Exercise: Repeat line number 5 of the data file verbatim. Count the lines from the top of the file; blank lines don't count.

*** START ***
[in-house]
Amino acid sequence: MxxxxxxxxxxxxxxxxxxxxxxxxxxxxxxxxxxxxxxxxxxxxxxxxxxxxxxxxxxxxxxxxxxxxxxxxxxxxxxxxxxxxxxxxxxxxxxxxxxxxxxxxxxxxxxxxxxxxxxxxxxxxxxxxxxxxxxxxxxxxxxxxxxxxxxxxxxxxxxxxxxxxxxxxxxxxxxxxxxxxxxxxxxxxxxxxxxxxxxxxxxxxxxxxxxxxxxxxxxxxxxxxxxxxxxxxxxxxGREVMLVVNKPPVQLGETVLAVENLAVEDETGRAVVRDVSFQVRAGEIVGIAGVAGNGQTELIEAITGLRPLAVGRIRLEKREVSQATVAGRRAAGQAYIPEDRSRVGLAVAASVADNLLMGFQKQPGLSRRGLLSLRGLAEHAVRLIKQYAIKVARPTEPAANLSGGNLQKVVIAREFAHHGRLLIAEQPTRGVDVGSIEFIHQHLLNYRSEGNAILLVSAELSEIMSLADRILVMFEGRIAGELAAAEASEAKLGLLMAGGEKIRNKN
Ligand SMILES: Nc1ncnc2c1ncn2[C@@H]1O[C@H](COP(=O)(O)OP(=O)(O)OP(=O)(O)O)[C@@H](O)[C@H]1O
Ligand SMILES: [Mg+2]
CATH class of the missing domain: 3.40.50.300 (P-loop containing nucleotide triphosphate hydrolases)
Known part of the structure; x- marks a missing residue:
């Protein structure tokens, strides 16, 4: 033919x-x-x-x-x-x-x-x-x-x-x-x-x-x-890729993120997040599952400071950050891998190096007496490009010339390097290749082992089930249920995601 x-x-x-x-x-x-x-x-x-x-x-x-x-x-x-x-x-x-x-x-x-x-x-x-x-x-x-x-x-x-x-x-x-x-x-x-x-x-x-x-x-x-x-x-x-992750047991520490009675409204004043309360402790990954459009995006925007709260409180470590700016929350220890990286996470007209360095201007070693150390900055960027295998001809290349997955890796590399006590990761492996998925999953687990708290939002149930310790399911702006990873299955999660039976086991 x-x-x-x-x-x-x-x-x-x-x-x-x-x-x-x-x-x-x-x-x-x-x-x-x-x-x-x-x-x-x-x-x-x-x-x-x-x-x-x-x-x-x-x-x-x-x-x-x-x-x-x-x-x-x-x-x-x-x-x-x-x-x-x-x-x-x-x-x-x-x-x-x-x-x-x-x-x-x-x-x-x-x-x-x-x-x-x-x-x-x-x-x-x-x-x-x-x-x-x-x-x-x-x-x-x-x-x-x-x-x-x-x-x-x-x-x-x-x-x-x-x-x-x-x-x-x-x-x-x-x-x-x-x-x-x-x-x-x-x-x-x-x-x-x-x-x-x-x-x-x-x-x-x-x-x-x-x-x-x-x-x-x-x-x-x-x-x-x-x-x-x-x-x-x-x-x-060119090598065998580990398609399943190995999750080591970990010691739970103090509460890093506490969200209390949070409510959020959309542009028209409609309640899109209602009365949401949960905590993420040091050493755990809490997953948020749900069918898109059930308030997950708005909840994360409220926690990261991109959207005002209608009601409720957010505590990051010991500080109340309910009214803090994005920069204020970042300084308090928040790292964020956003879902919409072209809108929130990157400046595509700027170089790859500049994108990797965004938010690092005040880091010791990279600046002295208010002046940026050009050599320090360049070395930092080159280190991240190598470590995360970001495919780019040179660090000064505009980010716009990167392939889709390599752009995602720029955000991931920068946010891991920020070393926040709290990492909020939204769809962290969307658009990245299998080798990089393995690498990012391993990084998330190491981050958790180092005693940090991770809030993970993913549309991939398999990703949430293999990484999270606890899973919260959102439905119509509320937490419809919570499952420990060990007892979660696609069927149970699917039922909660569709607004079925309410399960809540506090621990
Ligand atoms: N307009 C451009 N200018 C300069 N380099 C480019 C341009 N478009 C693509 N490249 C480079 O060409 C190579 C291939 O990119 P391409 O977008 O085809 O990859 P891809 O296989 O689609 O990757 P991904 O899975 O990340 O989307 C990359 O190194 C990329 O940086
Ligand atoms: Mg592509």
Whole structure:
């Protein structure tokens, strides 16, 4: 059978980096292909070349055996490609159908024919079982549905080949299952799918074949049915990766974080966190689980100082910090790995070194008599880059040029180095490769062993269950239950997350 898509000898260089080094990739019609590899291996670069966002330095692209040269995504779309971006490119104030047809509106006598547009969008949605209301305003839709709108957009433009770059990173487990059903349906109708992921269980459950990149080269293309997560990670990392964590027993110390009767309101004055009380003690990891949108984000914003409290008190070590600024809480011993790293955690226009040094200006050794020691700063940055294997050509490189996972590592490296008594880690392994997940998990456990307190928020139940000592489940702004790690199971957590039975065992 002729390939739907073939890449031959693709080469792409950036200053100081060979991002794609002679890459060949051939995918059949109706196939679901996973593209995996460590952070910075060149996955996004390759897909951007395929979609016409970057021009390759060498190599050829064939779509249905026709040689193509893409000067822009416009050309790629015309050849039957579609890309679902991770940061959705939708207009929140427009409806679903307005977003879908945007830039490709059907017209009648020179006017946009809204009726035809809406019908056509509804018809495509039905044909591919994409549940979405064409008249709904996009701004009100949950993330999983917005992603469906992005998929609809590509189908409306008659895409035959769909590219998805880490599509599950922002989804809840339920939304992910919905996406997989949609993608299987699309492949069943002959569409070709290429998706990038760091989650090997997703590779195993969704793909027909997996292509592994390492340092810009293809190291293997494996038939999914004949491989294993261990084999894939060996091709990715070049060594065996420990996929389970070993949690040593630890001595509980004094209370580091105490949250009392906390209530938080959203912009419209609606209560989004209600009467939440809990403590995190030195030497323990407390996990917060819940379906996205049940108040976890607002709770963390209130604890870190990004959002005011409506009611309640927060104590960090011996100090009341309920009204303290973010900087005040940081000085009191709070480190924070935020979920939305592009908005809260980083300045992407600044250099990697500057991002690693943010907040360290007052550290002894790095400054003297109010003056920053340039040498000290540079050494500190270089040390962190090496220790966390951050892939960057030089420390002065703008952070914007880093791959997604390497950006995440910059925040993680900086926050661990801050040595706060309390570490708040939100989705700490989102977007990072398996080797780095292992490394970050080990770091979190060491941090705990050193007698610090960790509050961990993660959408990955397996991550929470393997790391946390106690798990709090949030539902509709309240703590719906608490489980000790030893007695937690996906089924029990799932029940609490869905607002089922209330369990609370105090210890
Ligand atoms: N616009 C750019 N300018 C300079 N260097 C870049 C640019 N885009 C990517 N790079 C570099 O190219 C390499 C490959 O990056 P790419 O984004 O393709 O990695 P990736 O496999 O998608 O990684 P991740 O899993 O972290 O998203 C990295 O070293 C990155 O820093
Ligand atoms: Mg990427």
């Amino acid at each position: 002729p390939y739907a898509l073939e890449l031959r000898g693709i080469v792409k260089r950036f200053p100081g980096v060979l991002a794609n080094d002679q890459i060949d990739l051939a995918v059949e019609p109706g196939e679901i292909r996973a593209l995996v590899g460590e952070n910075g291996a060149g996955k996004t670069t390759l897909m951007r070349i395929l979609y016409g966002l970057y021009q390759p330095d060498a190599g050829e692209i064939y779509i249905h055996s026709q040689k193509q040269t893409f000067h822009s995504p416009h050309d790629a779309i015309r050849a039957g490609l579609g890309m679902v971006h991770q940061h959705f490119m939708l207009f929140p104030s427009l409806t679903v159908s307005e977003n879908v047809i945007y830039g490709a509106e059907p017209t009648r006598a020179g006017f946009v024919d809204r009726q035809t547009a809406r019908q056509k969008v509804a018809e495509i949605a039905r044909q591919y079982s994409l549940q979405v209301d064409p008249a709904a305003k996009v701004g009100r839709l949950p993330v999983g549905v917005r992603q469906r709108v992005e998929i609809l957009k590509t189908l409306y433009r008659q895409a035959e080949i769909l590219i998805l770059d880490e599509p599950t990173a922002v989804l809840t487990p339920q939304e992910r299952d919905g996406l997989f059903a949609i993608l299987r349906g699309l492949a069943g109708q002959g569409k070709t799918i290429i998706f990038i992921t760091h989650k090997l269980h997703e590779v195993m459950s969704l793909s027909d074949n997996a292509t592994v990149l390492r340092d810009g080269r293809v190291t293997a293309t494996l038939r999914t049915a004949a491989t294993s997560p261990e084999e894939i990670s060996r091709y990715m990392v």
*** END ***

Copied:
CATH class of the missing domain: 3.40.50.300 (P-loop containing nucleotide triphosphate hydrolases)